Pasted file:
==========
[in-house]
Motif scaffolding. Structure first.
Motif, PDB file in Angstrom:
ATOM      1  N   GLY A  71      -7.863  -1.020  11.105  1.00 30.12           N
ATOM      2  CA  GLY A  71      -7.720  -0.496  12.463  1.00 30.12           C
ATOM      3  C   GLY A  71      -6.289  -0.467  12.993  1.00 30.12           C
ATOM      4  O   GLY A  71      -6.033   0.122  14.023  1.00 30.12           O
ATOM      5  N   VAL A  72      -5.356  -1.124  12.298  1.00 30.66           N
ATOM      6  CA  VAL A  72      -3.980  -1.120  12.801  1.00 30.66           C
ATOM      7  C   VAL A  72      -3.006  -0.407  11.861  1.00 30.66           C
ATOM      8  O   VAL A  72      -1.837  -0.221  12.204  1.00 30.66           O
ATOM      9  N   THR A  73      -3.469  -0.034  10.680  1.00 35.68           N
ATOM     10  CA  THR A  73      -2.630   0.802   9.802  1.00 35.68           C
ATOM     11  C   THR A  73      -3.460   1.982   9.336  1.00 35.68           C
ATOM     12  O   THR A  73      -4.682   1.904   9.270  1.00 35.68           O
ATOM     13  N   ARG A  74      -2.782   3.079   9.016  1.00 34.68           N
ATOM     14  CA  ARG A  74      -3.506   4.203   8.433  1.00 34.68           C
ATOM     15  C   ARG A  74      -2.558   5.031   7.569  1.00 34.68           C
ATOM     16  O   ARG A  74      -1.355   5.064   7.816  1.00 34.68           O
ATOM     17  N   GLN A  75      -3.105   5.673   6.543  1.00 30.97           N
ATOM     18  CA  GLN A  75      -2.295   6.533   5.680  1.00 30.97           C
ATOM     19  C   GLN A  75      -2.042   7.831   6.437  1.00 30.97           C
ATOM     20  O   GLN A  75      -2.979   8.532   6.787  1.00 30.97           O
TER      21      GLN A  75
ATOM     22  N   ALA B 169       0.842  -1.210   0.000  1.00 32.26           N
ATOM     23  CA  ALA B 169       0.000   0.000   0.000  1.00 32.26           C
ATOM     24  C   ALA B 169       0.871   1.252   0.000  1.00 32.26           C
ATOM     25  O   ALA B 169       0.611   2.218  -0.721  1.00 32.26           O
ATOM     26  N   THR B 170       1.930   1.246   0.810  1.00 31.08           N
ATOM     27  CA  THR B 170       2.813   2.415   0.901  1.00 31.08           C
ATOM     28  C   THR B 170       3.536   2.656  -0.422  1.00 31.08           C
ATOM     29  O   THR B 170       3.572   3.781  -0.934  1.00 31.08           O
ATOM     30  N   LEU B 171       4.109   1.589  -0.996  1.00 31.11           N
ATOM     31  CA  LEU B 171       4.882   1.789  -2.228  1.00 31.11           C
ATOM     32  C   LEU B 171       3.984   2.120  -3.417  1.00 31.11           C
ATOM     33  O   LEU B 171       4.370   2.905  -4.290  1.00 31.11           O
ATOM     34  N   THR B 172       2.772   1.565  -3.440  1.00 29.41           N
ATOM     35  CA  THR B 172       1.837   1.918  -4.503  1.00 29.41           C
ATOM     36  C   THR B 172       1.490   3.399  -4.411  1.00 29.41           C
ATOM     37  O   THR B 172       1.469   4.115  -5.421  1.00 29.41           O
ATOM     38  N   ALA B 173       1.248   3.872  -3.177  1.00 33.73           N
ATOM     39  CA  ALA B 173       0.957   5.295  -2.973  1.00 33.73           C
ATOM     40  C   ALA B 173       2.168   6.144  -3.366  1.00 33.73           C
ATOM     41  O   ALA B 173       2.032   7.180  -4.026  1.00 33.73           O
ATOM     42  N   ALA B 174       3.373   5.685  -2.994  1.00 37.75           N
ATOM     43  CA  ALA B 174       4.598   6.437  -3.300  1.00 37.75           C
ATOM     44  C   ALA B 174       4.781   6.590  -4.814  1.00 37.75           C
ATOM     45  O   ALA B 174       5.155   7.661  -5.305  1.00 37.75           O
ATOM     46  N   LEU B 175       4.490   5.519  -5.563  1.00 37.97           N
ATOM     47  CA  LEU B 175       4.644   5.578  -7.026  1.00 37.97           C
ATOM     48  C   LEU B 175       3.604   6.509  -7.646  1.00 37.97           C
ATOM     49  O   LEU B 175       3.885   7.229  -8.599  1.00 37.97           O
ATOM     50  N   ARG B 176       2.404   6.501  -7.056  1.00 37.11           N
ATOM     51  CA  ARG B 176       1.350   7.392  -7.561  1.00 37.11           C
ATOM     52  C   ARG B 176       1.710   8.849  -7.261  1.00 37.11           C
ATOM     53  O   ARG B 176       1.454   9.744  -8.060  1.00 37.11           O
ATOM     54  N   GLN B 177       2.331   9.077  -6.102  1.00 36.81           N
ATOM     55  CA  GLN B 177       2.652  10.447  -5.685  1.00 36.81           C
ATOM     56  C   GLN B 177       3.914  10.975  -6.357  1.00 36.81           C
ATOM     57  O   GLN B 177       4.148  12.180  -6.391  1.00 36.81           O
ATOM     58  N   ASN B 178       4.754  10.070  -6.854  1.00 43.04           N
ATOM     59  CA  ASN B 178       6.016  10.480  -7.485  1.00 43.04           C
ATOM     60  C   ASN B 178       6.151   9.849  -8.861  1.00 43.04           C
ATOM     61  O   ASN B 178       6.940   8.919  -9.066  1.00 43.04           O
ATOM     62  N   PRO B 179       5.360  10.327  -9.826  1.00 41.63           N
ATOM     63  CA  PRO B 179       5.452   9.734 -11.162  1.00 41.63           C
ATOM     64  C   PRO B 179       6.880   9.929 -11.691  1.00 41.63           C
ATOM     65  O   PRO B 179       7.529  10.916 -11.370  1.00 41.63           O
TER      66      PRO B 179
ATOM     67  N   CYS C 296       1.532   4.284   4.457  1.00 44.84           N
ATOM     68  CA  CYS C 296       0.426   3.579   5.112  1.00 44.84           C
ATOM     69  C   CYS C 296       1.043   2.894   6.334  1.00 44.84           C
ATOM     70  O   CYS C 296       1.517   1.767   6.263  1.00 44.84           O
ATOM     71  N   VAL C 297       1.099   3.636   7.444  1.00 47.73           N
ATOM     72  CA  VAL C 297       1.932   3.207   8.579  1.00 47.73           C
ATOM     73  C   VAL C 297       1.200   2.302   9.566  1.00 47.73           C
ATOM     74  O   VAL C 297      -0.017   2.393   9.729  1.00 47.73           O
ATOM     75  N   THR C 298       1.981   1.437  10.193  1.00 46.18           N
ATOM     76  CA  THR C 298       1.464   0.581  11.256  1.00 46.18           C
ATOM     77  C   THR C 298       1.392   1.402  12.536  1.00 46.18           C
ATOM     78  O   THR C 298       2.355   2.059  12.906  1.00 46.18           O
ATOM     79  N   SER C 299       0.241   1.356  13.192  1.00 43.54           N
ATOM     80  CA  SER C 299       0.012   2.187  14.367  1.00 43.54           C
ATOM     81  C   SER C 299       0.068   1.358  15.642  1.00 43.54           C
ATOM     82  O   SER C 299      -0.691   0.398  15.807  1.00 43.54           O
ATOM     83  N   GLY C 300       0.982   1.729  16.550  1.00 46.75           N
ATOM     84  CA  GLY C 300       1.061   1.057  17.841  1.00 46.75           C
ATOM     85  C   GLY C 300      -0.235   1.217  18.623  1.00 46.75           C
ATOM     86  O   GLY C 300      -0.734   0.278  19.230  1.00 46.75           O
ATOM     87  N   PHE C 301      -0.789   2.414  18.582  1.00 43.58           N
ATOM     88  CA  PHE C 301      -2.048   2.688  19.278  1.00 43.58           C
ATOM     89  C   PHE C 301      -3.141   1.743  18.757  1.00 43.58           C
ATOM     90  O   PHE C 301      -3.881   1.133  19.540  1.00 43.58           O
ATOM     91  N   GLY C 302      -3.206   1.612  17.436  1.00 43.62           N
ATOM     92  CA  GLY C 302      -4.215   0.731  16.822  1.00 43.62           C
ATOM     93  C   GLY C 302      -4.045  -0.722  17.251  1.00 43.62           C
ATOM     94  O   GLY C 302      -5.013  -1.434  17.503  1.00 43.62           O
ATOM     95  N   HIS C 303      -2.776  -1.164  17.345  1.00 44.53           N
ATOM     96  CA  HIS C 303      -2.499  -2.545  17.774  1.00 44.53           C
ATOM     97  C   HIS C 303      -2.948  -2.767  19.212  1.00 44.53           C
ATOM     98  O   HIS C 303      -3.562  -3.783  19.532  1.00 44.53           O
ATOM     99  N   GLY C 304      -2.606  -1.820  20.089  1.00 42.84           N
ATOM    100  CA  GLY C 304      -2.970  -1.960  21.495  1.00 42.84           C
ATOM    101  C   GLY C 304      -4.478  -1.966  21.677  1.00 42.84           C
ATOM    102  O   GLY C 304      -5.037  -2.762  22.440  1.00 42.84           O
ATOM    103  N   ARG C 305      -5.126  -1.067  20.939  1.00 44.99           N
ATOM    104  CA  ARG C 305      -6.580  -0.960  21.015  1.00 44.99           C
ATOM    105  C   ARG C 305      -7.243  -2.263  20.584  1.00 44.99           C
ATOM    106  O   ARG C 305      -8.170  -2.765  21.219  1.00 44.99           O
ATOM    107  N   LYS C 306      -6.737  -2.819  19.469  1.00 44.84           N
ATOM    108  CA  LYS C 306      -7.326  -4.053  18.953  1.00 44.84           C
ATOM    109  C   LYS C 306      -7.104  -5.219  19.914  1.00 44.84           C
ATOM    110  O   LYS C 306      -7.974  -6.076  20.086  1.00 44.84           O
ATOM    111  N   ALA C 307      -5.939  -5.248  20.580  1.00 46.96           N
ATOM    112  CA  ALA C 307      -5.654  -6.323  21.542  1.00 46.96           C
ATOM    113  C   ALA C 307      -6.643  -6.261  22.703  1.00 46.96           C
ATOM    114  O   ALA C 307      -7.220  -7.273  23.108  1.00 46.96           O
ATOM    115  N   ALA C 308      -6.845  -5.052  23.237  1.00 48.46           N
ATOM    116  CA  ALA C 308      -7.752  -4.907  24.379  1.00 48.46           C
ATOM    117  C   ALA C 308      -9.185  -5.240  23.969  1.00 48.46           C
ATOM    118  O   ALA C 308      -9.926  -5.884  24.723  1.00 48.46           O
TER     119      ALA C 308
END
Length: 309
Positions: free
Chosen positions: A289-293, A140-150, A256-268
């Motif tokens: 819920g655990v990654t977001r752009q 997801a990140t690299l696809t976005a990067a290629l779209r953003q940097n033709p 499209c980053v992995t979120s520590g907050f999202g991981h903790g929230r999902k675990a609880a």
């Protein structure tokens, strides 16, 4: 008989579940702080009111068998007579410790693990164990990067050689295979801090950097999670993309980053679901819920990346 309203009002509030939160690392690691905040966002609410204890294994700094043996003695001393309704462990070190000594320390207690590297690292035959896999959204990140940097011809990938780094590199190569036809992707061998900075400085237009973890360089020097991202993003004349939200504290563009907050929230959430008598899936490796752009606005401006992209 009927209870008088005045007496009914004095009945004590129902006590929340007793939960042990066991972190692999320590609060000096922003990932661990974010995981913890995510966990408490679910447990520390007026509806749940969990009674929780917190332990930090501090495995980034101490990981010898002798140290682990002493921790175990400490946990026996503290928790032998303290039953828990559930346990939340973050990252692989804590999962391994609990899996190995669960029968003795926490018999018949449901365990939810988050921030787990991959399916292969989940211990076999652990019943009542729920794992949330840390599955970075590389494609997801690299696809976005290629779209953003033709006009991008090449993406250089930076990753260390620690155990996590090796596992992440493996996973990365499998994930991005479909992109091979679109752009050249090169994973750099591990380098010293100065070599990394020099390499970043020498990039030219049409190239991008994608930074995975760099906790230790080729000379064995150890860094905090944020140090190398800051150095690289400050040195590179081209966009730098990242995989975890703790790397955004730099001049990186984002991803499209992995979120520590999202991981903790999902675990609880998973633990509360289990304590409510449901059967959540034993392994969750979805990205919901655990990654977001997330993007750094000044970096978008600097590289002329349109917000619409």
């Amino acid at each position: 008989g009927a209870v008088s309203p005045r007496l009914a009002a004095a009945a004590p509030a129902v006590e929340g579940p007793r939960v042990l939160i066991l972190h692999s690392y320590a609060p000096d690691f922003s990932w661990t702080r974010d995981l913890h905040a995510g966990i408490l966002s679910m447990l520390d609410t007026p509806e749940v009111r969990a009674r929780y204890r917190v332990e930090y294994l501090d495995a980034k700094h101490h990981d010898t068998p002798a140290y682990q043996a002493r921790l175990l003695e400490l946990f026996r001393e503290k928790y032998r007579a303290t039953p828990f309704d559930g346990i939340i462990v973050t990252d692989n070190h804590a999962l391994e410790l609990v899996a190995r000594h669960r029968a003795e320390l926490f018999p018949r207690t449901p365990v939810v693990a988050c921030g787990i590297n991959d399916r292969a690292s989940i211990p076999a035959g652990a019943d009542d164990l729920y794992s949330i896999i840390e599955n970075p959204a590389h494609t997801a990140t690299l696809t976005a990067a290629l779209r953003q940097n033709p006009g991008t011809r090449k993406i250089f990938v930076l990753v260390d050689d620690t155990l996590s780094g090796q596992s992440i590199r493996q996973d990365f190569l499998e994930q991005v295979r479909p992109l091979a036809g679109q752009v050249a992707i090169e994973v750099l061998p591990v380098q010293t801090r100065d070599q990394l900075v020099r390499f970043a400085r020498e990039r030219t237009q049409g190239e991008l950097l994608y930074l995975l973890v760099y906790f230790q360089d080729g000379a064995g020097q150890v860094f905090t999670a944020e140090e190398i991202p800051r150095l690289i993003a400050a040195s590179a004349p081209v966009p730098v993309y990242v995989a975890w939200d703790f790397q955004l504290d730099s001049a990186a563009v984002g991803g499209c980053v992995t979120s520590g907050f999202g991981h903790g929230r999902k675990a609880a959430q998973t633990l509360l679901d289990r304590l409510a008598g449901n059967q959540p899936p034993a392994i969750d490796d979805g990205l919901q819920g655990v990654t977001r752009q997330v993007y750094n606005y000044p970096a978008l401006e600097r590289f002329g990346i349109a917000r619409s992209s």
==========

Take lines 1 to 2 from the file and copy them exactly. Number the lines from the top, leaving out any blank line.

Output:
[in-house]
Motif scaffolding. Structure first.